Insights into Technical Translation



Why there are so many English words in your translation

Posted by on Feb 21, 2014 in Italian translations, neologisms | 5 comments

After you have ordered a translation, you might be surprised to find out that in your translated material many words have not been translated. Why’s that? Many factors come into play, including the spread of the English language worldwide, the speed at which neologisms are created in the US in many fields, both technical and non-technical, and the brevity of many English phrases as well as frequent usage of metaphors. Thus, many English words are not being translated because suitable alternatives are not easily and quickly found. For...

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Move travelers but please don’t “movimentare viaggiatori”

Posted by on Sep 11, 2012 in cacophony, elegance, Italian translations | 1 comment

A couple days ago I was glancing at a renowned brochure on clients education, written originally in English, and for the first time I thought about taking a look at its official Italian translations. The Italian translation is generally good, however, at some point I couldn’t help notice a funny slip by the translator: The original “Each year, London’s Heathrow Airport moves over 65 million travelers from all parts of the world through its five terminals using internationally-recognized pictograms” has been translated with “Nel 2005...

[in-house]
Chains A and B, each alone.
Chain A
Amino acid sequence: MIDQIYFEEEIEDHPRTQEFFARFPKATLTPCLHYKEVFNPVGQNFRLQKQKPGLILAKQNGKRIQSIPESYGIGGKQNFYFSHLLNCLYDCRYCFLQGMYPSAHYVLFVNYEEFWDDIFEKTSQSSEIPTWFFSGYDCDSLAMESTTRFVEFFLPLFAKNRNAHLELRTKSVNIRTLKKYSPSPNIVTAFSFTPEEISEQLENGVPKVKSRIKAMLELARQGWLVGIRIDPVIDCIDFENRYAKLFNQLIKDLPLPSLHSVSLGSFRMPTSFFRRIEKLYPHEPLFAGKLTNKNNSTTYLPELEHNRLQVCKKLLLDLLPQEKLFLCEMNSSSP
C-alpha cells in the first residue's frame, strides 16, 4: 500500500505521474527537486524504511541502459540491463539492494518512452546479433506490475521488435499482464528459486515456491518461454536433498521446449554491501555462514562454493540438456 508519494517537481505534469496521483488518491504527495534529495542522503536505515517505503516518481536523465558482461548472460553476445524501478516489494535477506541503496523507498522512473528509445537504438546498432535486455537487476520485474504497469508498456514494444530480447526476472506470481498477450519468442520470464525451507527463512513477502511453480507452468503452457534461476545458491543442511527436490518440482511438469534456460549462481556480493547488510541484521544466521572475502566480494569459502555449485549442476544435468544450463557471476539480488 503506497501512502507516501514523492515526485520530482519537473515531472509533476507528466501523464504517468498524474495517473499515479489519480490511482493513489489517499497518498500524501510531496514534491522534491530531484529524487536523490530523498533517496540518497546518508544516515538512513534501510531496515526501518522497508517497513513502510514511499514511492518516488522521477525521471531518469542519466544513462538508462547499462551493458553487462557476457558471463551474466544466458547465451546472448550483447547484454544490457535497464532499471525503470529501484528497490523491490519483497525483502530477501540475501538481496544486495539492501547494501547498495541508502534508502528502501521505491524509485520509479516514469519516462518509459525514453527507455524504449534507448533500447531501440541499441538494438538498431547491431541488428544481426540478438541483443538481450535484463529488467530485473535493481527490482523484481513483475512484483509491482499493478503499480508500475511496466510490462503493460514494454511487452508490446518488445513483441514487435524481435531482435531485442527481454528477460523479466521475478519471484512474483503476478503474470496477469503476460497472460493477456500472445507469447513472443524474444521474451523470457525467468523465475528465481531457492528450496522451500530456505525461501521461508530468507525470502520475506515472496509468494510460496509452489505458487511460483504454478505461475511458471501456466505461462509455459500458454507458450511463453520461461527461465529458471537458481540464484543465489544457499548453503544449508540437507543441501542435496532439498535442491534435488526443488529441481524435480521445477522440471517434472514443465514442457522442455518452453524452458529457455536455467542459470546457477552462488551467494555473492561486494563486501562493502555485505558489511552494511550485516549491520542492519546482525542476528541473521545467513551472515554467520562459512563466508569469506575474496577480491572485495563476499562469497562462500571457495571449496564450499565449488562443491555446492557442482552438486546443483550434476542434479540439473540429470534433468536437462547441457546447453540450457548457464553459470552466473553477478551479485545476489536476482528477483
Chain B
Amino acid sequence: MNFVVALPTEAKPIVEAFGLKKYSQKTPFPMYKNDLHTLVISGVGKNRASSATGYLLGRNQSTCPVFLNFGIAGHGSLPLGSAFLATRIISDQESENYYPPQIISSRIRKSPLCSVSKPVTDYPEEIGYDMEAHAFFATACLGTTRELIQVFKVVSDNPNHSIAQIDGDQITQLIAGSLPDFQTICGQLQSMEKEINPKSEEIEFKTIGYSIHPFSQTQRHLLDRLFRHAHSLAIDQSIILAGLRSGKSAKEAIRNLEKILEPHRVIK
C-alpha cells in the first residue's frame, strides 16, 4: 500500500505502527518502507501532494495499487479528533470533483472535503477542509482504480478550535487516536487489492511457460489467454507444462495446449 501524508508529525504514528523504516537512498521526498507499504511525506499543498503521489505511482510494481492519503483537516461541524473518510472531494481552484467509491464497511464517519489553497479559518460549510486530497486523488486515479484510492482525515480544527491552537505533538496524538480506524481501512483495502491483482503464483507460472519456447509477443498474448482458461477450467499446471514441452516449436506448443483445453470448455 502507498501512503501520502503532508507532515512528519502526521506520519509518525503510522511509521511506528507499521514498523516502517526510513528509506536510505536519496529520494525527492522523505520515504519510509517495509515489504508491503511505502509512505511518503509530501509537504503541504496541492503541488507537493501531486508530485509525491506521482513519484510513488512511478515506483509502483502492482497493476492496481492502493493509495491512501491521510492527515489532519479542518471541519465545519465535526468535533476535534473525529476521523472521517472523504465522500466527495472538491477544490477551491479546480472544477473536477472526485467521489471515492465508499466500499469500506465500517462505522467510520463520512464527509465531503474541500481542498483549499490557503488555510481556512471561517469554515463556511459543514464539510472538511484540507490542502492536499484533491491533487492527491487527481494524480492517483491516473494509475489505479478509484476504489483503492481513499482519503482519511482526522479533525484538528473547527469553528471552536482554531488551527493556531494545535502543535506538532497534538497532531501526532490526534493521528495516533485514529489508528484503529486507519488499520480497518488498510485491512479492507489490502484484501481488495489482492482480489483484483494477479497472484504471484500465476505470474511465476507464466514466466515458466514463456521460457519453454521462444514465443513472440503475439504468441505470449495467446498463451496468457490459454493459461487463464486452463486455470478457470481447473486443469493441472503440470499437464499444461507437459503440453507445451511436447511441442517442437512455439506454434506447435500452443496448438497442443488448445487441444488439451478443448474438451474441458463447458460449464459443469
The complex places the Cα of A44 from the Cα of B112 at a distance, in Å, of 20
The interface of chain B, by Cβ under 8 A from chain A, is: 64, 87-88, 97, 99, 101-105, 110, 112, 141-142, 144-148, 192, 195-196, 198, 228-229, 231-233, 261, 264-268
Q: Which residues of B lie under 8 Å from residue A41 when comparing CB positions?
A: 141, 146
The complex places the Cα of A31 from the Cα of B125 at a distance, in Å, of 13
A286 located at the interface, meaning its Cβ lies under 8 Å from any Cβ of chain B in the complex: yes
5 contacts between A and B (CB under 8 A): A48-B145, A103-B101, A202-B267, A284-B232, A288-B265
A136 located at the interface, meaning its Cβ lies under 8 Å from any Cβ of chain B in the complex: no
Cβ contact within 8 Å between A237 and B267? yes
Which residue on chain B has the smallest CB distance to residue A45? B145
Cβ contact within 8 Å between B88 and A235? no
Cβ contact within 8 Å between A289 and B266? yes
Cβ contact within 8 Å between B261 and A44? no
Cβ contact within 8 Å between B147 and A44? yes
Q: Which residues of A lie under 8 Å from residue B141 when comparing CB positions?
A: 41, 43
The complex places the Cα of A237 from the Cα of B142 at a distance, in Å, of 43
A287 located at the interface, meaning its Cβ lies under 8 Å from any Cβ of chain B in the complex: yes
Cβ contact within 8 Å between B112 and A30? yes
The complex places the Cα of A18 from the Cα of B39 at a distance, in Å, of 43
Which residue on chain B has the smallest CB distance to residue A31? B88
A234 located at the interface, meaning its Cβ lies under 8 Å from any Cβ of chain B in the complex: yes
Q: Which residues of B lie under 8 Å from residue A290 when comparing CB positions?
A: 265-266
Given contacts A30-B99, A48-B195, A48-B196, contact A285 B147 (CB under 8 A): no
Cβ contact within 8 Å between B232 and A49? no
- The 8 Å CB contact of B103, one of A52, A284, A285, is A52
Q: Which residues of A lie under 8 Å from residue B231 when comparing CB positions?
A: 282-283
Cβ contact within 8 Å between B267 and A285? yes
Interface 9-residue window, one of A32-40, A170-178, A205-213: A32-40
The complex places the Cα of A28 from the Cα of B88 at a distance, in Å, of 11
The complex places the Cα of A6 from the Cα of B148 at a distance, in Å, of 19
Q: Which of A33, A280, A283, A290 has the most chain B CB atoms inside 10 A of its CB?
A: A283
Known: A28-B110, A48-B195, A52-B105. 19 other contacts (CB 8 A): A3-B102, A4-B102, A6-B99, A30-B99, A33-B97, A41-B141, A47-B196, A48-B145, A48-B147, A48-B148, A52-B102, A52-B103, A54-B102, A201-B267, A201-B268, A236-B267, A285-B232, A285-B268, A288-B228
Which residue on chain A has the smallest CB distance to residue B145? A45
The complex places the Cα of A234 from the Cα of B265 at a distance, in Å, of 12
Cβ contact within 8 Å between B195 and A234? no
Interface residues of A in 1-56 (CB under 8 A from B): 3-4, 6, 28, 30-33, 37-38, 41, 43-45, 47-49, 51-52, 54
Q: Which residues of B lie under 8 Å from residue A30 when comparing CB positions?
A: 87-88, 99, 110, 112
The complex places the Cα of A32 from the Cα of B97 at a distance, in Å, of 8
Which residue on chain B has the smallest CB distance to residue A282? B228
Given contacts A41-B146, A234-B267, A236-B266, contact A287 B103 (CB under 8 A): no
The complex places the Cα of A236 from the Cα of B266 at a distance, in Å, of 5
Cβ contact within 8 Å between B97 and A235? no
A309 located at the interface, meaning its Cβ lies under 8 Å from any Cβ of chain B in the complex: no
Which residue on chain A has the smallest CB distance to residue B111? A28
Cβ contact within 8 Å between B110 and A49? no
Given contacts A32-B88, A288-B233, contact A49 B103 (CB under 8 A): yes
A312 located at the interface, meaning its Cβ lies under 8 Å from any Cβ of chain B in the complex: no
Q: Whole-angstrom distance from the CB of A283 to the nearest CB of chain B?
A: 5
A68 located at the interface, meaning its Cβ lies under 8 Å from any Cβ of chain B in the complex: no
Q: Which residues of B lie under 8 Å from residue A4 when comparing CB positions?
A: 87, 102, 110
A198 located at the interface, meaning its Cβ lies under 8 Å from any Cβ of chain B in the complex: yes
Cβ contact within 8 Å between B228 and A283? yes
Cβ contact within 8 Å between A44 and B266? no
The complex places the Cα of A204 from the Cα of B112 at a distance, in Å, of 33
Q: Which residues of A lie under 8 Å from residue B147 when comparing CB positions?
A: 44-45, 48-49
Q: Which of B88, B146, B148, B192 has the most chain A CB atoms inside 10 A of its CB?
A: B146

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Consistency, More Than Meets The Eye

Posted by on Aug 14, 2012 in Consistency, Italian translations | 2 comments

Every translator knows, or learns soon, that consistency is of paramount importance. And not just in translation, but in any kind of technical document. I remember reading a revealing comment on this regard by Don Bush in his well-regarded column “The Friendly Editor” on Intercom, the magazine of the Society of Technical Communication. (Unfortunately the column has ended, after several years. It had always good insights into technical communication writing.) At a conference, Bush recounted, a technical writer had stated that it was...

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